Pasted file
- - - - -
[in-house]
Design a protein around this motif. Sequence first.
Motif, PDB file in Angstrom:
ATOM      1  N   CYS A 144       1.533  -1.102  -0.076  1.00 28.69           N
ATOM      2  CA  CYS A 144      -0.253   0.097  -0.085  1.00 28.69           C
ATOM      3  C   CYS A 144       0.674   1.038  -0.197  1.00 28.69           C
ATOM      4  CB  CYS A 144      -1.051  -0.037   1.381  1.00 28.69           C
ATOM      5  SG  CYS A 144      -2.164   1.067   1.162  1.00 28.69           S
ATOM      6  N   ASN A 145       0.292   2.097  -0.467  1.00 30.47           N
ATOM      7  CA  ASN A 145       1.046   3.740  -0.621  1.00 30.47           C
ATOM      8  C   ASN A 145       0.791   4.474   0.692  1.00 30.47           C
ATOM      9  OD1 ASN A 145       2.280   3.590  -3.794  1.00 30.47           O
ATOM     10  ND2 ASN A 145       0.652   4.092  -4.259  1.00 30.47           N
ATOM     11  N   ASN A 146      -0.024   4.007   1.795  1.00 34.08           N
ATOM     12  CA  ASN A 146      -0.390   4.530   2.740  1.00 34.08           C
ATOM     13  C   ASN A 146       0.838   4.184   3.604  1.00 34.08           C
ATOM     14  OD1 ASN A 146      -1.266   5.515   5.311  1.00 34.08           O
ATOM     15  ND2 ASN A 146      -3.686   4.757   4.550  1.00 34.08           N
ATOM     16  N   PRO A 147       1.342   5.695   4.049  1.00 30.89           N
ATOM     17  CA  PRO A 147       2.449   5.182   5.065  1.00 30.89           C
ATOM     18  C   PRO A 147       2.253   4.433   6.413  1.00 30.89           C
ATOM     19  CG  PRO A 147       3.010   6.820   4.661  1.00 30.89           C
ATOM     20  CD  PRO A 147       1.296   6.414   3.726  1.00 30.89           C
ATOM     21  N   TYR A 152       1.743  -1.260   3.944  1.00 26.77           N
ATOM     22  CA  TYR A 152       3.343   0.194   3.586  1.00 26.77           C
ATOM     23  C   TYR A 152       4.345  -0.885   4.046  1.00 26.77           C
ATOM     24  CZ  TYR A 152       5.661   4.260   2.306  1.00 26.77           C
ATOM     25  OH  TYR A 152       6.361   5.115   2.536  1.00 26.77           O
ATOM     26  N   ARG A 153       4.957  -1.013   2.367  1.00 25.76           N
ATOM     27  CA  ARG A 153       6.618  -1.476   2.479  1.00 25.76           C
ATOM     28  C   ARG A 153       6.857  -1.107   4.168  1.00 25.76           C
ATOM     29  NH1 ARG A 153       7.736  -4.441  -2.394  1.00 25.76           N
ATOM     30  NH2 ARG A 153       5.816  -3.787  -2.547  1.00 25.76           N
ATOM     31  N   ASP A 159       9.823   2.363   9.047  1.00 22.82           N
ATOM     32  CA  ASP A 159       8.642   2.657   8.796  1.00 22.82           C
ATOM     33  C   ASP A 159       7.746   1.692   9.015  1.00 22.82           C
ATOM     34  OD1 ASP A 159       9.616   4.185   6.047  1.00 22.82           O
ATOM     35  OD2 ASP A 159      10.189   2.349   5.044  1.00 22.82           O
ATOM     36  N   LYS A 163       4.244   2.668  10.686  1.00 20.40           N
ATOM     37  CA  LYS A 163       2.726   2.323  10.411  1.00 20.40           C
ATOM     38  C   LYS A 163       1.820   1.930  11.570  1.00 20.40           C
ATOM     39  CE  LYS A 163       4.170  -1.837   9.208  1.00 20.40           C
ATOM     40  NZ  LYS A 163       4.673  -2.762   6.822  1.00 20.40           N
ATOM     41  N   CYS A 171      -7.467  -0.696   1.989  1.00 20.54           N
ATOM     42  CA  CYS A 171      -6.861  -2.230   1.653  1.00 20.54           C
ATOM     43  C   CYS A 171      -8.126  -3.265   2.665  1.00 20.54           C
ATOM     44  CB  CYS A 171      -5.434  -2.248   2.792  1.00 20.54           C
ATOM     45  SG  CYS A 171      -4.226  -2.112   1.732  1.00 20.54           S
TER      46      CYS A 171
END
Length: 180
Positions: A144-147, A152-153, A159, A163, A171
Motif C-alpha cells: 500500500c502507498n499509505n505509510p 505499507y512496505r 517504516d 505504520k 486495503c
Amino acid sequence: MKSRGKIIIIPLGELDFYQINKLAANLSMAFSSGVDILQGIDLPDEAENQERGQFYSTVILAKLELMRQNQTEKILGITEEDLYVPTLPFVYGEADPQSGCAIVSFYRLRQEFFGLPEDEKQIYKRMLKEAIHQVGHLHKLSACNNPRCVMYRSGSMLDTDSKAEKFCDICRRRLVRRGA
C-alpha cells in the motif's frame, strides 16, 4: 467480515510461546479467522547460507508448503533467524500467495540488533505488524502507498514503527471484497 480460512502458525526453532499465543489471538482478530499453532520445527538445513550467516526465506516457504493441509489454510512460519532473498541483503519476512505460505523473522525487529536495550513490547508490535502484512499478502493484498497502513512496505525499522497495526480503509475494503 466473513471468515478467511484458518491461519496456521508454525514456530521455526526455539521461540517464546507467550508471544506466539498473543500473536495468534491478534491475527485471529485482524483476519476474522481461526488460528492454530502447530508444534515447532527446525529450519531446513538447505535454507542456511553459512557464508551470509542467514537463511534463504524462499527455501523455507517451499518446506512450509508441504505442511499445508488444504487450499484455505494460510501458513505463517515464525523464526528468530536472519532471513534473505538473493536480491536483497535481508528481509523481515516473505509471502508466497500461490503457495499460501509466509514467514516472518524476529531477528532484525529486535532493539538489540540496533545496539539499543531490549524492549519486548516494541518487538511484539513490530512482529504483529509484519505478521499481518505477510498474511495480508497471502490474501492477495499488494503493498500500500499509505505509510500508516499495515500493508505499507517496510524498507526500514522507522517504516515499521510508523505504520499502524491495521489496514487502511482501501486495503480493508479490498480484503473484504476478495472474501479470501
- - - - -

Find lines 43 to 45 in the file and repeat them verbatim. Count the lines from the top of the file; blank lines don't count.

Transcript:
ATOM     40  NZ  LYS A 163       4.673  -2.762   6.822  1.00 20.40           N
ATOM     41  N   CYS A 171      -7.467  -0.696   1.989  1.00 20.54           N
ATOM     42  CA  CYS A 171      -6.861  -2.230   1.653  1.00 20.54           C